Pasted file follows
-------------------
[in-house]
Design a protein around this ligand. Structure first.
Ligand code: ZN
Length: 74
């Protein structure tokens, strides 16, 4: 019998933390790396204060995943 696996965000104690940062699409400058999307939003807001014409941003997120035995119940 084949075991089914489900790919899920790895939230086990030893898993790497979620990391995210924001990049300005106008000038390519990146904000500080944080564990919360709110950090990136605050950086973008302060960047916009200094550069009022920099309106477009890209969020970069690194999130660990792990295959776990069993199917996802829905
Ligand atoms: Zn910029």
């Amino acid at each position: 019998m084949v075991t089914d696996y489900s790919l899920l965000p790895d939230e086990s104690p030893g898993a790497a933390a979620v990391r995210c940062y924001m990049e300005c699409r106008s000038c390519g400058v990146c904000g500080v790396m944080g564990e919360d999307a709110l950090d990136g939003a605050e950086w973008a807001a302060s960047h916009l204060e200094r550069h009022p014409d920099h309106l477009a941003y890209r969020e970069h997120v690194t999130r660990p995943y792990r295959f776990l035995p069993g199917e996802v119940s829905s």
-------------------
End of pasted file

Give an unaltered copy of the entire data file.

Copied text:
[in-house]
Design a protein around this ligand. Structure first.
Ligand code: ZN
Length: 74
């Protein structure tokens, strides 16, 4: 019998933390790396204060995943 696996965000104690940062699409400058999307939003807001014409941003997120035995119940 084949075991089914489900790919899920790895939230086990030893898993790497979620990391995210924001990049300005106008000038390519990146904000500080944080564990919360709110950090990136605050950086973008302060960047916009200094550069009022920099309106477009890209969020970069690194999130660990792990295959776990069993199917996802829905
Ligand atoms: Zn910029």
């Amino acid at each position: 019998m084949v075991t089914d696996y489900s790919l899920l965000p790895d939230e086990s104690p030893g898993a790497a933390a979620v990391r995210c940062y924001m990049e300005c699409r106008s000038c390519g400058v990146c904000g500080v790396m944080g564990e919360d999307a709110l950090d990136g939003a605050e950086w973008a807001a302060s960047h916009l204060e200094r550069h009022p014409d920099h309106l477009a941003y890209r969020e970069h997120v690194t999130r660990p995943y792990r295959f776990l035995p069993g199917e996802v119940s829905s």